Figure 2: Some aged patients are resistant to dental treatment and can be challenging to treat. Use the suggestions in this article to reduce the difficulty of the needed procedures.
Minimally invasive treatment
If it is obvious that the patient has the previously described characteristics, and it is your opinion that things are not likely to change, minimally invasive procedures are in order. Some of the most important procedures and concepts you can focus on are frequent hygiene appointments, use of a 5,000 ppm fluoride toothpaste, trays with fluoride gel in them, preventive restorative materials, gentle treatment, and avoidance of difficult, expensive treatment. I will elaborate on each of these areas below.
Frequent hygiene appointments
Debridement of the teeth and periodontal pockets on a two- or three-month schedule allows not only removal of debris, but it also allows you to accomplish a thorough exam more frequently to see the progression of caries and other oral problems before they require more difficult and expensive procedures (figure 3). Another advantage is clear. Hygiene appointments are usually relatively pain free, and patients feel better after the appointments are completed. Additionally, oral hygiene instruction provided on a more frequent basis just might encourage better patient hygiene behavior.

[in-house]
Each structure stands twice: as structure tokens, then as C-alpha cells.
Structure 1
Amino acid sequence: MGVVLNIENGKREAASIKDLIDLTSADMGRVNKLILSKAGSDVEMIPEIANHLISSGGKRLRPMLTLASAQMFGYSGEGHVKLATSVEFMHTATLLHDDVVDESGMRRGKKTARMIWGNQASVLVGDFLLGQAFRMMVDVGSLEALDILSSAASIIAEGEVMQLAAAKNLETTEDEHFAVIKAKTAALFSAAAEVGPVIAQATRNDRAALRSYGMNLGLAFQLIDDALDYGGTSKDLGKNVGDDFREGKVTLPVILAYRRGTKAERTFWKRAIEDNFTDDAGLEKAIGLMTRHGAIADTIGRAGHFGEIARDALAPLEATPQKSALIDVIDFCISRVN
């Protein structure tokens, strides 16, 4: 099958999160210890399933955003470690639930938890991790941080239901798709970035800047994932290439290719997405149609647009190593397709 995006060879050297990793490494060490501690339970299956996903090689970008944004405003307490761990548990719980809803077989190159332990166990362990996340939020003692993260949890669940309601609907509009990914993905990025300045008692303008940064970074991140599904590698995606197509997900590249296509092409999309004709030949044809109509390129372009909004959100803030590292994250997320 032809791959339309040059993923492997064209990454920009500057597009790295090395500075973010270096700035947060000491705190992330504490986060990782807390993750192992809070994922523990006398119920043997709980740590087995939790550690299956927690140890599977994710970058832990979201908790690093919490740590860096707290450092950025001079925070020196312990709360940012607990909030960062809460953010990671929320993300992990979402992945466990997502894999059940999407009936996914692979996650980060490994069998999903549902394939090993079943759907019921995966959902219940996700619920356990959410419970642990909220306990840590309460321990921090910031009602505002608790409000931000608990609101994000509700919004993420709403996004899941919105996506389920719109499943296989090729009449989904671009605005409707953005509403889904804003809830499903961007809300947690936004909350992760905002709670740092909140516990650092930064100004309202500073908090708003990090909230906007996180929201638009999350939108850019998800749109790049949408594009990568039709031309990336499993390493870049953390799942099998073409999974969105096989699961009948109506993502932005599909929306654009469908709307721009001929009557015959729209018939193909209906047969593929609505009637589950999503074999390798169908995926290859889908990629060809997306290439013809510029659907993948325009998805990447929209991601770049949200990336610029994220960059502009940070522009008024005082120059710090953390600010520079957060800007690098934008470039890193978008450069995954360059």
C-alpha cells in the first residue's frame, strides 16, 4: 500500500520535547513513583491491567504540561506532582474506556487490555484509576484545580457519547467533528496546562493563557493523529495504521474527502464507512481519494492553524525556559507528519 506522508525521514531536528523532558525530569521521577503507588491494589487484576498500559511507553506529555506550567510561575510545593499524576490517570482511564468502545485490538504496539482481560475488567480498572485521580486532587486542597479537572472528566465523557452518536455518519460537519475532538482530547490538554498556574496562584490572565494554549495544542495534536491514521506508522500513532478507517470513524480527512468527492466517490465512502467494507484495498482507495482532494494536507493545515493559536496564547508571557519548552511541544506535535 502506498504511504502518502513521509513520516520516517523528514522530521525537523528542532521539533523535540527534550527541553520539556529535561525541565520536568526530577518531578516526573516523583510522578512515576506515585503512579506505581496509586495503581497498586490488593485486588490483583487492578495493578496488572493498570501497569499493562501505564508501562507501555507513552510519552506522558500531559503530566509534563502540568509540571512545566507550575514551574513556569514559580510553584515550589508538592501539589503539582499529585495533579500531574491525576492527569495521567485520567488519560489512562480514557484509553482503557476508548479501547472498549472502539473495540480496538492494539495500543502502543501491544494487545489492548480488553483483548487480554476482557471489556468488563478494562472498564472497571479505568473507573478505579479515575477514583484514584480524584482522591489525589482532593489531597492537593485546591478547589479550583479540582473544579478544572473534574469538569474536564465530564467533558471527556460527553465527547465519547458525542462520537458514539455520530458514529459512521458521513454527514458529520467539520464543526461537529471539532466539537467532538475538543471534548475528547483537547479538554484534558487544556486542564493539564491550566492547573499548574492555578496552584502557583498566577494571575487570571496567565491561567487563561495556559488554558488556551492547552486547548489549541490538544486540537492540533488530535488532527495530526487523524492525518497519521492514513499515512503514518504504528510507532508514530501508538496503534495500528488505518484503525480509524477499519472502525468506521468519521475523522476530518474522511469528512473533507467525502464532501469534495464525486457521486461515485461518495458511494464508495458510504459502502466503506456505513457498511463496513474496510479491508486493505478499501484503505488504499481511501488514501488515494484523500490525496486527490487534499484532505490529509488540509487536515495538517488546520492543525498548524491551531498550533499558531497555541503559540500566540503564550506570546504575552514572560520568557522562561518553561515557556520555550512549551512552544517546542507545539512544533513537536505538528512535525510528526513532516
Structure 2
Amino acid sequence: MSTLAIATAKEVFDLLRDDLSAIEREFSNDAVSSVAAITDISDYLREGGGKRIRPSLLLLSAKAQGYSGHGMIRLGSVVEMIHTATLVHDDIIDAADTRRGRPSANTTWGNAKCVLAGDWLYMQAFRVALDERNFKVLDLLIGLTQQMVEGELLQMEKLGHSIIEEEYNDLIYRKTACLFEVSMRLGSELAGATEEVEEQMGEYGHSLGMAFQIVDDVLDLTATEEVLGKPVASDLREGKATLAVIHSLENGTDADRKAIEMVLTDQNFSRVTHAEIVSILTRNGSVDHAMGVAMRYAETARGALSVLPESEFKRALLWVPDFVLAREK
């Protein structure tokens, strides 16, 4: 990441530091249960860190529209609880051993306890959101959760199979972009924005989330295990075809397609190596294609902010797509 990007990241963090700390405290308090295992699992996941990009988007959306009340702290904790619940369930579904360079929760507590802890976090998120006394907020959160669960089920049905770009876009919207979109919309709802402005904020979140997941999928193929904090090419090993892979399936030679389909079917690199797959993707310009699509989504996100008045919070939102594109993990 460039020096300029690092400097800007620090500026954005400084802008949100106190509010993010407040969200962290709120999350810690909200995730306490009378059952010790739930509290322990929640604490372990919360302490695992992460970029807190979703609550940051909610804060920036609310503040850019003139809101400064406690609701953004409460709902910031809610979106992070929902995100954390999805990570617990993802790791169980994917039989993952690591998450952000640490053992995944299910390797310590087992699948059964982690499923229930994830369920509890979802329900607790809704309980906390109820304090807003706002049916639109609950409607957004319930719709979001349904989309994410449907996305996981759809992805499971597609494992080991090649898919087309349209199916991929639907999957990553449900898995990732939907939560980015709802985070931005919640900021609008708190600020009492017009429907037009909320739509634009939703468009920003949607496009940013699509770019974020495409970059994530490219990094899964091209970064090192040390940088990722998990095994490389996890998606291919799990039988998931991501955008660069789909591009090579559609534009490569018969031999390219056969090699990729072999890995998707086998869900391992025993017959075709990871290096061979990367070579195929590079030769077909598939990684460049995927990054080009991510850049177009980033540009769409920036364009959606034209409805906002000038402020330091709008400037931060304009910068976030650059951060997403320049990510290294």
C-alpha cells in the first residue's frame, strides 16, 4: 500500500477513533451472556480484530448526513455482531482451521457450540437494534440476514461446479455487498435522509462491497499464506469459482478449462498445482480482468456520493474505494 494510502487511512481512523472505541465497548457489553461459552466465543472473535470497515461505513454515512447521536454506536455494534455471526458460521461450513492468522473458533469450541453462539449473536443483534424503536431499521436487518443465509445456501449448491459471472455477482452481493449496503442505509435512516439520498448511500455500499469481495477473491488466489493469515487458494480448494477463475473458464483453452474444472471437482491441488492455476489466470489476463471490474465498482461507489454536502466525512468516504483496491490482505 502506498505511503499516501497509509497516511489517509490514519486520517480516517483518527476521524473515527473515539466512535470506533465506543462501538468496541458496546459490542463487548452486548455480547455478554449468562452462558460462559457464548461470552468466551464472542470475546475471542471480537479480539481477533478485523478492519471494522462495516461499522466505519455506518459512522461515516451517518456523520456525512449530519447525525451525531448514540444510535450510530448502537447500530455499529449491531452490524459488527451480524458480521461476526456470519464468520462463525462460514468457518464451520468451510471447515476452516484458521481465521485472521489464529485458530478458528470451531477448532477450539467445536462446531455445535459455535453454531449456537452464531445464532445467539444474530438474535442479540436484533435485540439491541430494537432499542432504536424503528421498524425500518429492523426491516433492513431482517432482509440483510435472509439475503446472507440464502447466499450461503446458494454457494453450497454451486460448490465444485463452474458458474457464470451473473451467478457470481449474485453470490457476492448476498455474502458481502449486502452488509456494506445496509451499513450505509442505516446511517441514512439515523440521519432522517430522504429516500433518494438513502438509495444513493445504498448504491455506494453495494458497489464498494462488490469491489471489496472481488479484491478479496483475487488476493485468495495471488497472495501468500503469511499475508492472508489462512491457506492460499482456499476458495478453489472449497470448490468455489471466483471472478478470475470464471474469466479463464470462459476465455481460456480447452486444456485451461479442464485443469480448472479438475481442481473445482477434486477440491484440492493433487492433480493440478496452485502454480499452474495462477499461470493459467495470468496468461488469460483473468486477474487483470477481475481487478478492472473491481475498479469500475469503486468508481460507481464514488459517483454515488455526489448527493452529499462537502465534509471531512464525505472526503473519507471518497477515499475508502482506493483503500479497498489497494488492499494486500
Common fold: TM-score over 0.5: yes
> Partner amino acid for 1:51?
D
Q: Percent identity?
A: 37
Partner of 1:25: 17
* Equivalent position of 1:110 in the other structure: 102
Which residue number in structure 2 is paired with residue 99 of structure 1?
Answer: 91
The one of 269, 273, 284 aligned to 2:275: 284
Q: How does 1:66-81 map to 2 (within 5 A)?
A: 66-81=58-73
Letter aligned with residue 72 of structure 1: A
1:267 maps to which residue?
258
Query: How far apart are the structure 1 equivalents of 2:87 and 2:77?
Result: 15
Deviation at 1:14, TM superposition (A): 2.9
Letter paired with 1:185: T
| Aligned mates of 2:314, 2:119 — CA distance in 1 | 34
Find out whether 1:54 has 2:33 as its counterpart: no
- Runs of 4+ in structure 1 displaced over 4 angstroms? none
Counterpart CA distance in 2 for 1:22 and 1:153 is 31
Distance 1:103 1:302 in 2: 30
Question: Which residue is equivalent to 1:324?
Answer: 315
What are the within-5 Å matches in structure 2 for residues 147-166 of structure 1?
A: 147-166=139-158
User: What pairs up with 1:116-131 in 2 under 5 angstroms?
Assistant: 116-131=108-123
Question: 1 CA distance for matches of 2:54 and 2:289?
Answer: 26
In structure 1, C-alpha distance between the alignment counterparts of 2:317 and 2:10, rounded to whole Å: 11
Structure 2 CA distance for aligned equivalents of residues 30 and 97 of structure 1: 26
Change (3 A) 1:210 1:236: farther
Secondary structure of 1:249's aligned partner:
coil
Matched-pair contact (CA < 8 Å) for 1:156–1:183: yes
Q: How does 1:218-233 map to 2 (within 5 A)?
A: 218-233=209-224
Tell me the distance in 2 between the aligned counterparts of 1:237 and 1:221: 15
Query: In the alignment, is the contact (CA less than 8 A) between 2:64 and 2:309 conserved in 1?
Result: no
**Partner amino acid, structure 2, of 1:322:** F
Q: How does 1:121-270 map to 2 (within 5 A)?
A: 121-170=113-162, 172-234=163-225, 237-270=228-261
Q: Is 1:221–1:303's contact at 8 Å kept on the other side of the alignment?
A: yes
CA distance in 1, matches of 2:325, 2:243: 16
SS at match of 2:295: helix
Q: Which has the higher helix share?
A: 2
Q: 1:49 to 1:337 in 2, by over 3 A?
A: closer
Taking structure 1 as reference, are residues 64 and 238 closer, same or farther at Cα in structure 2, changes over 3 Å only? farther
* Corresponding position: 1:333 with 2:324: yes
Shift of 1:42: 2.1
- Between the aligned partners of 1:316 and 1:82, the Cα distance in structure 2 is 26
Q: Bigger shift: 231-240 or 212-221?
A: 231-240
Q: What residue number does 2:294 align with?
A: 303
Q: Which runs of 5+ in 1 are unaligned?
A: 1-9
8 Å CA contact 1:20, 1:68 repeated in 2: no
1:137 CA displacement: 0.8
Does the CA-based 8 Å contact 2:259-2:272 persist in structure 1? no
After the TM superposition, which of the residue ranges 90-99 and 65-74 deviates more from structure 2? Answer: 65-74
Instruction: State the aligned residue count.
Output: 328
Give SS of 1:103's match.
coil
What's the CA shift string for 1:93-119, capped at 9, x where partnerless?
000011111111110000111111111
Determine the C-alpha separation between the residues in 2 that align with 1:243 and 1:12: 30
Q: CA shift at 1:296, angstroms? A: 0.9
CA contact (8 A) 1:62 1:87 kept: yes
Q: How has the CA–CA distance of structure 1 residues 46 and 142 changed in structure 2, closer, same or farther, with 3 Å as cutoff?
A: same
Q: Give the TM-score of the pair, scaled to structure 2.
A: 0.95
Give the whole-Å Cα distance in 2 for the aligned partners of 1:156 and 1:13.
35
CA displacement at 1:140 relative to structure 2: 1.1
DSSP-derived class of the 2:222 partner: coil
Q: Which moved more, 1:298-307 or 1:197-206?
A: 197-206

Figure 3: A near-90-year-old patient with missing teeth and many restorations that are questionable and need repair. Frequent recare appointments can reduce the need to accomplish extensive dental treatment.
Use of a 5,000 ppm fluoride toothpaste
Elderly patients are much less likely to change their oral hygiene procedures significantly, even in the presence of excellent oral hygiene instruction. Most patients brush their teeth at least occasionally, so changing to stronger, more preventive toothpastes is a logical decision. Such a change does not require a major patient behavior change. Over-the-counter toothpastes have about 1,000 ppm fluoride in them, and most patients use them. But they are not as effective as prescription-level fluoride-containing toothpastes. At the very least, put these patients on a 5,000 ppm fluoride toothpaste. Colgate PreviDent 5,000 Booster Plus (1.1% sodium fluoride) is a popular and long-proven brand. Advise patients to use a significant amount of the toothpaste. Tell them to place it around all of the teeth and let it sit on the teeth for a brief time before brushing.
Trays with fluoride gel